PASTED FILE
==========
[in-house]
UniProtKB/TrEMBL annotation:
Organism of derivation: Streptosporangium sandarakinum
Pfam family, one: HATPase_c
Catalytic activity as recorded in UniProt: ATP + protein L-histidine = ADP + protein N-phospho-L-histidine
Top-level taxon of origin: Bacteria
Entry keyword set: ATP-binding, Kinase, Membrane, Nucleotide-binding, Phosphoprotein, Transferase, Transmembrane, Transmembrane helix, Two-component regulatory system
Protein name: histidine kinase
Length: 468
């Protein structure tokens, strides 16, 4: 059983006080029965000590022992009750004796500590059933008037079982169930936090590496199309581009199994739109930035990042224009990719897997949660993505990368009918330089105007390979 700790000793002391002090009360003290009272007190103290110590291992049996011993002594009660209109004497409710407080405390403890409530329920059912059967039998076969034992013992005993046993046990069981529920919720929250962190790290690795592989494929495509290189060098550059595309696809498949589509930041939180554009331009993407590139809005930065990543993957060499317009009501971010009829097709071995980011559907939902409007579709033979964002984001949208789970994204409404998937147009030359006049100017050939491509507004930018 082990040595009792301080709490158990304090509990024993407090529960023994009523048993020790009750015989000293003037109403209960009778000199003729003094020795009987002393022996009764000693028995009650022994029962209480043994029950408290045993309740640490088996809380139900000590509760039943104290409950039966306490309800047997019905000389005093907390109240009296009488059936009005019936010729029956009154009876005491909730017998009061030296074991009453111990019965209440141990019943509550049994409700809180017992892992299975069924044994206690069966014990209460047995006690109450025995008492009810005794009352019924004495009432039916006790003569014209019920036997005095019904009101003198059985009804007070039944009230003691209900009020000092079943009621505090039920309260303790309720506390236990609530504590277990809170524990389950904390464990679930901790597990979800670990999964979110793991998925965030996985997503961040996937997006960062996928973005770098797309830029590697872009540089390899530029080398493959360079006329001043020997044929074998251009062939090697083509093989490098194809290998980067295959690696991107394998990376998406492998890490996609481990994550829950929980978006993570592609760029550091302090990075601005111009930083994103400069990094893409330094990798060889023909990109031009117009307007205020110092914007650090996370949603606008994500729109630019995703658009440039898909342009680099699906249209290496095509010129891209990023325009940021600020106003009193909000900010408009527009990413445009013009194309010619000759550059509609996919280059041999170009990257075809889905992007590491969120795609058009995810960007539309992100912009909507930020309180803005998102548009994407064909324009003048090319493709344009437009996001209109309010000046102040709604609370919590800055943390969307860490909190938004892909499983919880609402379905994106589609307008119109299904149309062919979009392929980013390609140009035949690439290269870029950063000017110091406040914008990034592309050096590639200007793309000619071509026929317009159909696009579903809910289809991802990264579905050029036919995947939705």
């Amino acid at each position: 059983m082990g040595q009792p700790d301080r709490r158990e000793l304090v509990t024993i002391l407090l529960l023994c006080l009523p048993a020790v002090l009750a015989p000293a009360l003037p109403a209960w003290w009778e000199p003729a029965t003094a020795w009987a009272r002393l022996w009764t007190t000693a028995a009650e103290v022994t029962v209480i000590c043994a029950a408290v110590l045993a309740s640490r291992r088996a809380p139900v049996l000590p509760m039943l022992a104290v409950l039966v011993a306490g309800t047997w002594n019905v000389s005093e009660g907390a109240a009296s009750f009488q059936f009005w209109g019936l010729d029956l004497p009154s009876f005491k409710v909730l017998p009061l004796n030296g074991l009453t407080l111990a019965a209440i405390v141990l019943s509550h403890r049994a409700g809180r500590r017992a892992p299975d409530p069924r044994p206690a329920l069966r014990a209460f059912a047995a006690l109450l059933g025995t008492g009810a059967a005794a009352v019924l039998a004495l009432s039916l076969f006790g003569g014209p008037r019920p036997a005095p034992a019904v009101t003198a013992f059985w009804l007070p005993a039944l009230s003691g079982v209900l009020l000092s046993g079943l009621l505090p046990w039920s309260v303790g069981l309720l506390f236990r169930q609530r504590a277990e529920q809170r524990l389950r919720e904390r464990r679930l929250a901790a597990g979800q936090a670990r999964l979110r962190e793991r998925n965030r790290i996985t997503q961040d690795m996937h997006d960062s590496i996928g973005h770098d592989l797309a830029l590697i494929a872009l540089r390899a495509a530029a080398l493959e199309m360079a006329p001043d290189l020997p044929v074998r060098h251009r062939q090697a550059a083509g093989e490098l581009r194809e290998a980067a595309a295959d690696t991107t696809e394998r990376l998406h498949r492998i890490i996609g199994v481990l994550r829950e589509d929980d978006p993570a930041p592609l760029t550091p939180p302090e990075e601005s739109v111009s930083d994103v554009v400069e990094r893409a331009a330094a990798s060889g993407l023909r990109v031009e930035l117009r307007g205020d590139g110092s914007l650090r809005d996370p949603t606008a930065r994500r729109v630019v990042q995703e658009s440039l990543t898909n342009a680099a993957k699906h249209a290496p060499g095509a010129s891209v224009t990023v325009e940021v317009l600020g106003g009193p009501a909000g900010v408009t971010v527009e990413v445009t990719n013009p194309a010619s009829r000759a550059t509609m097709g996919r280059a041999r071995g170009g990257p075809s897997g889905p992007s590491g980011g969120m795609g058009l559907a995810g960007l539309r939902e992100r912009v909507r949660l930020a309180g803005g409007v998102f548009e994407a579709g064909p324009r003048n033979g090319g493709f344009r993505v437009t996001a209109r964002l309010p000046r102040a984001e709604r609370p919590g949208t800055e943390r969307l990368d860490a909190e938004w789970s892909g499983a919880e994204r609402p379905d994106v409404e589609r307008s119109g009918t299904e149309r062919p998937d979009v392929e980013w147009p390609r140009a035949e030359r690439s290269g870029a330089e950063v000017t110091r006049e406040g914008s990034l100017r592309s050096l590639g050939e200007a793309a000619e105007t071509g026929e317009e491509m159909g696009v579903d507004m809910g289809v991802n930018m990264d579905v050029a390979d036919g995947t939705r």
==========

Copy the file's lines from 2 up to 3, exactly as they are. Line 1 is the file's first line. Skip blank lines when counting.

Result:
UniProtKB/TrEMBL annotation:
Organism of derivation: Streptosporangium sandarakinum